Dear Sixteen-Year-Old-Kerri,

This year, some weird stuff will happen. I know that’s not the way you’re used to receiving notes, but because I’m from your future, I know where you’ve come from and where you’re going.

First, it gets better before it gets worse. I know it’s not easy, but right now, stop fighting with the stuff that keeps you alive. Yeah, I’m talking about food. This cyclic battle you’re having with food? It’s not worth it. It’s hard, but you will get out of it faster than you think you will. You and Jesus–you’ll throw the whole fight away late at night. So tonight: get it over with. Throw the battle away and start taking control of your life, not one variable in your life. You are so much more than how you see yourself now, and you can and will quit this thing before it gets the better of you.

Less than a month before your seventeenth birthday, you’ll be given inhalers for some possible asthma. And you won’t realize until later that it is a much bigger deal than what you thought it would be. When they tell you (twice!) you have bronchitis . . . they’ll be wrong. It’s not a fixable infection, and of course the antibiotics won’t work. It’s asthma.  It will be a hard road. It will be full of breathing tests and inhalers and doctors appointments. You’ll endure prednisone and you’ll get extremely pissed off and frustrated with your care team. Hang in there. it will change your life and your perceptions in far more ways than anticipated . . . but in many ways for the better. You’ll intertwine as a huge member of the online asthma community for a few years, and then spread your wings with a furious passion for owning chronic disease, and helping other people do the same.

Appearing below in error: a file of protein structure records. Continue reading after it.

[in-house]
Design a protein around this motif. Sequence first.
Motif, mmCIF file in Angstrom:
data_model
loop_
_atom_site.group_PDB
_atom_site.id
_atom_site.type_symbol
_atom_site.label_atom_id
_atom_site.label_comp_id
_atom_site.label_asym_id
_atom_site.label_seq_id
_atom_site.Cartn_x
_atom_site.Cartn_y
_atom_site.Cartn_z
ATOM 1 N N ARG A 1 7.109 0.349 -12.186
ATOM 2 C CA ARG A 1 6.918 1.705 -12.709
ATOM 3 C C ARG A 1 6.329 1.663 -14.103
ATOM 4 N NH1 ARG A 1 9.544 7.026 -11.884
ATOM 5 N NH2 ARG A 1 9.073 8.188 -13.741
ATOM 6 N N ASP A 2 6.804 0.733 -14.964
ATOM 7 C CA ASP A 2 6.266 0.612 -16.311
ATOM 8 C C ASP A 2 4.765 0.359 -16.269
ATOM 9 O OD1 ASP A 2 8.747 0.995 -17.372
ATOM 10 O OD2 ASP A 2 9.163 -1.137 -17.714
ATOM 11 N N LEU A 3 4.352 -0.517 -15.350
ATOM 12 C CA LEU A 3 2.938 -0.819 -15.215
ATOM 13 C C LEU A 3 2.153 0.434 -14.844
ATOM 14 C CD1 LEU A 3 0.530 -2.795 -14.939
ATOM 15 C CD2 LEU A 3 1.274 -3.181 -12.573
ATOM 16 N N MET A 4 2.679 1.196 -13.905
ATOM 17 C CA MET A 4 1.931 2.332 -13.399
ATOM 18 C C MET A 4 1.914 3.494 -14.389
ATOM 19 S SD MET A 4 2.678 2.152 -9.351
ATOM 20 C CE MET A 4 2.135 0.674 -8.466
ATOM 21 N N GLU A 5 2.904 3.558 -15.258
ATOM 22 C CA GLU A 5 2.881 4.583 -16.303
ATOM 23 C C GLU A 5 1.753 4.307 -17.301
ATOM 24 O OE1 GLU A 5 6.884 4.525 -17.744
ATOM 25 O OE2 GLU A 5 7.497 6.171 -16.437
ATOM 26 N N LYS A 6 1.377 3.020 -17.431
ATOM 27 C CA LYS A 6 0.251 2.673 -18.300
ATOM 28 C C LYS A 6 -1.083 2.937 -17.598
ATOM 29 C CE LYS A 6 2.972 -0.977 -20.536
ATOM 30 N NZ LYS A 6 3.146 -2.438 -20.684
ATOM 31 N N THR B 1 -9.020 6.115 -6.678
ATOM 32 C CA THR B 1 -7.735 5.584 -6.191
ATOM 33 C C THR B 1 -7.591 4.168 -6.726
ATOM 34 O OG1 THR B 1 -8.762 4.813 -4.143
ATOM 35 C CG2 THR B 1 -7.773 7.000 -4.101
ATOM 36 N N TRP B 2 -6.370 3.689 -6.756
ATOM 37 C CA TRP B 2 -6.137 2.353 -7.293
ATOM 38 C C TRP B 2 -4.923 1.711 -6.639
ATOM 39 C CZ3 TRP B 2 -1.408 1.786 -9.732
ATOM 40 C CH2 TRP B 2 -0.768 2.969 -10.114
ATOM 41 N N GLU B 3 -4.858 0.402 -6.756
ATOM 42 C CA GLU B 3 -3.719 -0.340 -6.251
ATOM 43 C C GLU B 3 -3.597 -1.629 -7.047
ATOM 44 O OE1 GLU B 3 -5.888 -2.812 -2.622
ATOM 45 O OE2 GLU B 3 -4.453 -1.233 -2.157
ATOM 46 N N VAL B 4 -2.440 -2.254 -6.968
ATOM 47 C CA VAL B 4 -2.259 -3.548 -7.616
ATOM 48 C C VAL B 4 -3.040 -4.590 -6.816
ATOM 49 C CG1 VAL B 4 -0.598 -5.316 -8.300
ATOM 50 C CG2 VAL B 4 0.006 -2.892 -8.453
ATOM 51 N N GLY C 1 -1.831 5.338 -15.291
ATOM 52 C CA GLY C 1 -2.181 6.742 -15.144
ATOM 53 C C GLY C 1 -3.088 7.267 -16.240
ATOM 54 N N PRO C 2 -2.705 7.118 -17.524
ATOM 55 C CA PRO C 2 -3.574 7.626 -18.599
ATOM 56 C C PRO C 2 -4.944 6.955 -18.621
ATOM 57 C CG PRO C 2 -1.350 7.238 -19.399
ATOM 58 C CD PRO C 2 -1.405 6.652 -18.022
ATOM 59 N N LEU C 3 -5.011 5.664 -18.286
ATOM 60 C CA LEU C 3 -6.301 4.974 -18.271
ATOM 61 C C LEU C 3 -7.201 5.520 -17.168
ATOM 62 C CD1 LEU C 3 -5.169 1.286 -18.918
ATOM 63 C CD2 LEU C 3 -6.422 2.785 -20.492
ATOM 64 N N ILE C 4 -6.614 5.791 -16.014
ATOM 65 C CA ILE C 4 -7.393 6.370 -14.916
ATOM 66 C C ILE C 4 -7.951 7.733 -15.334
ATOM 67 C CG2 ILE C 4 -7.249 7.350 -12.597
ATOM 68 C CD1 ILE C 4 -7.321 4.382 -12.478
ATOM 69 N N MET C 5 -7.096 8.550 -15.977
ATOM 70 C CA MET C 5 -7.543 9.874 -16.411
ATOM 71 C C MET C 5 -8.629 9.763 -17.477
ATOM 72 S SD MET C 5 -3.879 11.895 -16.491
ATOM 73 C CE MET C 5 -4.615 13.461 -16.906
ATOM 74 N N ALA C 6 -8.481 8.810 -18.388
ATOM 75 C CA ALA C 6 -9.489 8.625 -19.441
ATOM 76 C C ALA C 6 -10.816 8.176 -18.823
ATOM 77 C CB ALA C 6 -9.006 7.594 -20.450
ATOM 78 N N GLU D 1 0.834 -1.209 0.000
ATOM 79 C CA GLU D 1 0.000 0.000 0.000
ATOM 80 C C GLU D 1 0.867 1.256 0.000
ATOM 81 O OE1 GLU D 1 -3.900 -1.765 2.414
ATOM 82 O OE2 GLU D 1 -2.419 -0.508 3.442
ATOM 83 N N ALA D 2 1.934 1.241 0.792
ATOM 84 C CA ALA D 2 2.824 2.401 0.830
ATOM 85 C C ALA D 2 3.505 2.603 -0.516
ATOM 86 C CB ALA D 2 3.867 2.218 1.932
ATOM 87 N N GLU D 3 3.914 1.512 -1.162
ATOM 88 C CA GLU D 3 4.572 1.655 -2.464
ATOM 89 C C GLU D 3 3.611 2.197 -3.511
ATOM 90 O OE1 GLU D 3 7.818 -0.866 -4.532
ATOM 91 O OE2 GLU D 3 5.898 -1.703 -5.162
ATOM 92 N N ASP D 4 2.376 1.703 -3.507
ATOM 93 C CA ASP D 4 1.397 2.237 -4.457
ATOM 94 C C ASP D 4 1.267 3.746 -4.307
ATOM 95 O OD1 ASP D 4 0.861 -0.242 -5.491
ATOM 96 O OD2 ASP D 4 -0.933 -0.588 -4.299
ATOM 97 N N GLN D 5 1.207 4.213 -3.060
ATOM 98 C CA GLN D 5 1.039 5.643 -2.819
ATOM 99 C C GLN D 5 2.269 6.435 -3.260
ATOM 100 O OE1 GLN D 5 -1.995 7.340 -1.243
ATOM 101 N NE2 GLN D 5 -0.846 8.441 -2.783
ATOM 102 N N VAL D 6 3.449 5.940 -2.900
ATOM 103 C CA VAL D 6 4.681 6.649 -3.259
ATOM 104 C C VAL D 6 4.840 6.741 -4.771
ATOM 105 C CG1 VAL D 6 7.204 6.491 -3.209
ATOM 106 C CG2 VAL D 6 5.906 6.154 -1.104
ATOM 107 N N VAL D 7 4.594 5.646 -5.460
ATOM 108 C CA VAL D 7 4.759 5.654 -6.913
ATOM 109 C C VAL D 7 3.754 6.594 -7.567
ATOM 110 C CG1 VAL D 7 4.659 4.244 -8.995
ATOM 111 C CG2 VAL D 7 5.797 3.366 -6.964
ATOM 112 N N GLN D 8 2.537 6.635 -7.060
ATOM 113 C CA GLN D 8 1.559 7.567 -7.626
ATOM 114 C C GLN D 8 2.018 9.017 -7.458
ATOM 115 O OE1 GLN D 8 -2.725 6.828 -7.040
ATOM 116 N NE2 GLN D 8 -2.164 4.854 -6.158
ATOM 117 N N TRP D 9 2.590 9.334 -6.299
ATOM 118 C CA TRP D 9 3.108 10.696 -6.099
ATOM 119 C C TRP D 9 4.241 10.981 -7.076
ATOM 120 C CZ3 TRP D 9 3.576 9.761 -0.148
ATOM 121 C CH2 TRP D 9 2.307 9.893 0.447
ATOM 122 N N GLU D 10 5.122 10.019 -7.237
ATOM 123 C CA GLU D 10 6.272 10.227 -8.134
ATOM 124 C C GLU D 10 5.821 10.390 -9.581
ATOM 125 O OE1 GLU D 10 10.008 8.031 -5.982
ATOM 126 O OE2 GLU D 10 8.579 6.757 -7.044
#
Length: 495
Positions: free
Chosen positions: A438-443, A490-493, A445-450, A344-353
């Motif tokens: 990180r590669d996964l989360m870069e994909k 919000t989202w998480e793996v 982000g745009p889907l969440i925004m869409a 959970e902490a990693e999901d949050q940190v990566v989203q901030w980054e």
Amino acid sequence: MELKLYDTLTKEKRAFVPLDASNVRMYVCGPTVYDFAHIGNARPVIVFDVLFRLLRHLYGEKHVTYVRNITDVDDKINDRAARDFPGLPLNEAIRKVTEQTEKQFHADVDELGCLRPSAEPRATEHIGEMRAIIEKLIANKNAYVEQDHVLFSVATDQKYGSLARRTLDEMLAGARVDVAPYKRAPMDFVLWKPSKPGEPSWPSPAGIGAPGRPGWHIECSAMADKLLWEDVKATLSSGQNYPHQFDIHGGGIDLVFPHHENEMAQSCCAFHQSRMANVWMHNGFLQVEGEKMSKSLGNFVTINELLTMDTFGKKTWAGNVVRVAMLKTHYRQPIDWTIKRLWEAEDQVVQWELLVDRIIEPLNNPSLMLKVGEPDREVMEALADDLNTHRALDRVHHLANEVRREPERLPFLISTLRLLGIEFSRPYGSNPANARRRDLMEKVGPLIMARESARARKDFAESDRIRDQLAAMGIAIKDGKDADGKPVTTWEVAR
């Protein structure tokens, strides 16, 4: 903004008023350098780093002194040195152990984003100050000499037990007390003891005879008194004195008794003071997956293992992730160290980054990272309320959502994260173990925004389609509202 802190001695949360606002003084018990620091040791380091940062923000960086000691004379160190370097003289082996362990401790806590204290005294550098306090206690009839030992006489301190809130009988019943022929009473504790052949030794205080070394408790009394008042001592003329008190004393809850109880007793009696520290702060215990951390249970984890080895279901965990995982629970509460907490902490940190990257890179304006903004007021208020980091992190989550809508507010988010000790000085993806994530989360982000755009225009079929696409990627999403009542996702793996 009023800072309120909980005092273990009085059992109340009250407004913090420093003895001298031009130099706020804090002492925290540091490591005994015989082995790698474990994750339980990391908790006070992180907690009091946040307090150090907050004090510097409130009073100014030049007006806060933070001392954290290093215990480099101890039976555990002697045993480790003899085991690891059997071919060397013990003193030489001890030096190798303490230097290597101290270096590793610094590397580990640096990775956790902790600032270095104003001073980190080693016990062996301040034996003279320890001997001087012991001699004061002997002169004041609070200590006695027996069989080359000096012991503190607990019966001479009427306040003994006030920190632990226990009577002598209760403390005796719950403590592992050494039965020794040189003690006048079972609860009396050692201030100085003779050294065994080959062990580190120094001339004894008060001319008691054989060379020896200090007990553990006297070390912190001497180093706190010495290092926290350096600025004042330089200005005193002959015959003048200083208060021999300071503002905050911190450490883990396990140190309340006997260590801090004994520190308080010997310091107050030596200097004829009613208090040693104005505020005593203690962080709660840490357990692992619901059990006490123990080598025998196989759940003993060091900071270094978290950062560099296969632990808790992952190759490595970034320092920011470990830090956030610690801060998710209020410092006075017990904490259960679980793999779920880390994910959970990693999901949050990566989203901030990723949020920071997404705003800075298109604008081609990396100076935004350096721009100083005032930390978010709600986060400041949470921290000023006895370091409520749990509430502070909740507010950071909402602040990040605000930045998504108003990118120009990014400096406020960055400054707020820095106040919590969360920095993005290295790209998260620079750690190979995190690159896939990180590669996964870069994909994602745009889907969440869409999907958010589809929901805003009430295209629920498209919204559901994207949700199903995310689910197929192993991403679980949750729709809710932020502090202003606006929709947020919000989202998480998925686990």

You don’t know it now, but you will soon. And that’s why I’m telling you now to get off your ass. Before mid-February . . . go for a walk. Run and remember how it feels to push your body and still be able to breathe. Get off your ass.  Because it will be that much harder to do when your lungs are screwed up, but you’ll start doing it then anyways. And the dance classes you’re continually making fun of with your friends? Quit it, because you’ll be in there when you need something to fill your grade 12 law spare. Because of it, you’ll go places you never thought possible within yourself. And your body will thank you for it. So get moving now . . . because it will serve you well in more than just the typical health-variable-ways soon.  This means when you reach grade 12, it’s okay to hate gym class, but please file the rest away in your head because eventually you’ll need it. I know you don’t believe me now, but you will. When you’re nineteen, you’ll fall in love with kinesiology, active living, and your asthma will be in slightly better control. And you’ll want to push yourself a bit harder. You’ll walk a 10K race and you’ll feel like hell at the end, but you’ll be hooked.

You’ll meet amazing people both online and in person because of asthma. They’ll know where you’re at–and, like your disease, they’ll be sticking around. They’ll have an unimaginable impact on your life.

Finally, four years later, you’ll be in the midst of a huge adventure called life. You’re already grateful you’re still alive at sixteen, but now you’ll see the reasons behind it.

The current shit will end or get better, I promise. Hang on, remember the journey, write it down deeper than you already are and have been all these years . . . and you’ll get where you’re meant to be when you’re meant to be there.

Love and Good Things,

Twenty-Year-Old Kerri

3 thoughts on “note to self – #hawmc day 10

  1. I really like this post. I often wonder what it would be like to babysit myself as a kid. It’s interesting thinking about yourself at different ages being kind of like different people. Crazy to think how different you were then and it wasn’t even that long ago! I can’t imagine you not asthmatic, man. So weird.

    1. I know isn’t it nuts? I even think of myself at fourteen and am even MORE shocked :]. But, I’m happy that the past is the past.
      I can imagine me not asthmatic 😉 but then I wouldn’t know you. Nor would I probably have a blog OR be writing this blog post. So . . . as much as I hate it, I’m still the relentless optimist. :]

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